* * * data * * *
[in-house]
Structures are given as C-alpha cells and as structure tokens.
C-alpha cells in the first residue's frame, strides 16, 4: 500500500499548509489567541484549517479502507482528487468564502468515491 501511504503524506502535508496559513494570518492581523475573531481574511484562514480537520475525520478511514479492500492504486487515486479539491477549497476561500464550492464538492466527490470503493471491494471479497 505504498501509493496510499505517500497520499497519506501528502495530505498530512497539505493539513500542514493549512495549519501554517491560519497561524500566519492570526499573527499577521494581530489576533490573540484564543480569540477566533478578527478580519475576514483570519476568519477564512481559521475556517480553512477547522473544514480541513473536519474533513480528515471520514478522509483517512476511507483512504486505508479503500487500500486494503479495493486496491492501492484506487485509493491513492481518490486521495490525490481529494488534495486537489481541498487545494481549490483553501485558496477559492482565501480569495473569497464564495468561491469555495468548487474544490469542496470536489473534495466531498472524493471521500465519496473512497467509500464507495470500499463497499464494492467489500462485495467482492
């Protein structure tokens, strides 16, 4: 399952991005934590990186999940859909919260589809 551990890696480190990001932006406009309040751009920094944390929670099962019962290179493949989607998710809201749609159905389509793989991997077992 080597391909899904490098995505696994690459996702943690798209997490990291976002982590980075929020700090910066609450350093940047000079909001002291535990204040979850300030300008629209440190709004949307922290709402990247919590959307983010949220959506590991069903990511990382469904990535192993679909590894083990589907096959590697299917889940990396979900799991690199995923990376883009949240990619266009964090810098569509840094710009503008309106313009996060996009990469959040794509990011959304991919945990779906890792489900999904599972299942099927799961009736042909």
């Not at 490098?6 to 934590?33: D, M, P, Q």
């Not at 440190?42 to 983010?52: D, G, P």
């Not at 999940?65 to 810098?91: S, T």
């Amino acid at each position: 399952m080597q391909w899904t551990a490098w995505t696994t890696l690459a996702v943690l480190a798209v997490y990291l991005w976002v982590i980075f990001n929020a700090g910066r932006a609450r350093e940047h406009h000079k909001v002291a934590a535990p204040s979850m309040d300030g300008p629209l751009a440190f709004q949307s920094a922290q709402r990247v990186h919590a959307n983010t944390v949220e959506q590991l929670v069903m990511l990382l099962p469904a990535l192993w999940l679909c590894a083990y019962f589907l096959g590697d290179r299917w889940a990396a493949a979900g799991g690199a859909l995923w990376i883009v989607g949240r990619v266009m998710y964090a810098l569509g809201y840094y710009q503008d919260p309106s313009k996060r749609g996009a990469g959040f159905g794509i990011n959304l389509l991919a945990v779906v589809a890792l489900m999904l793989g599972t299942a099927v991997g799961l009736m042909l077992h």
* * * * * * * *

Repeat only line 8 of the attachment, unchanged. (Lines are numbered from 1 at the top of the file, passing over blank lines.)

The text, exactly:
């Amino acid at each position: 399952m080597q391909w899904t551990a490098w995505t696994t890696l690459a996702v943690l480190a798209v997490y990291l991005w976002v982590i980075f990001n929020a700090g910066r932006a609450r350093e940047h406009h000079k909001v002291a934590a535990p204040s979850m309040d300030g300008p629209l751009a440190f709004q949307s920094a922290q709402r990247v990186h919590a959307n983010t944390v949220e959506q590991l929670v069903m990511l990382l099962p469904a990535l192993w999940l679909c590894a083990y019962f589907l096959g590697d290179r299917w889940a990396a493949a979900g799991g690199a859909l995923w990376i883009v989607g949240r990619v266009m998710y964090a810098l569509g809201y840094y710009q503008d919260p309106s313009k996060r749609g996009a990469g959040f159905g794509i990011n959304l389509l991919a945990v779906v589809a890792l489900m999904l793989g599972t299942a099927v991997g799961l009736m042909l077992h």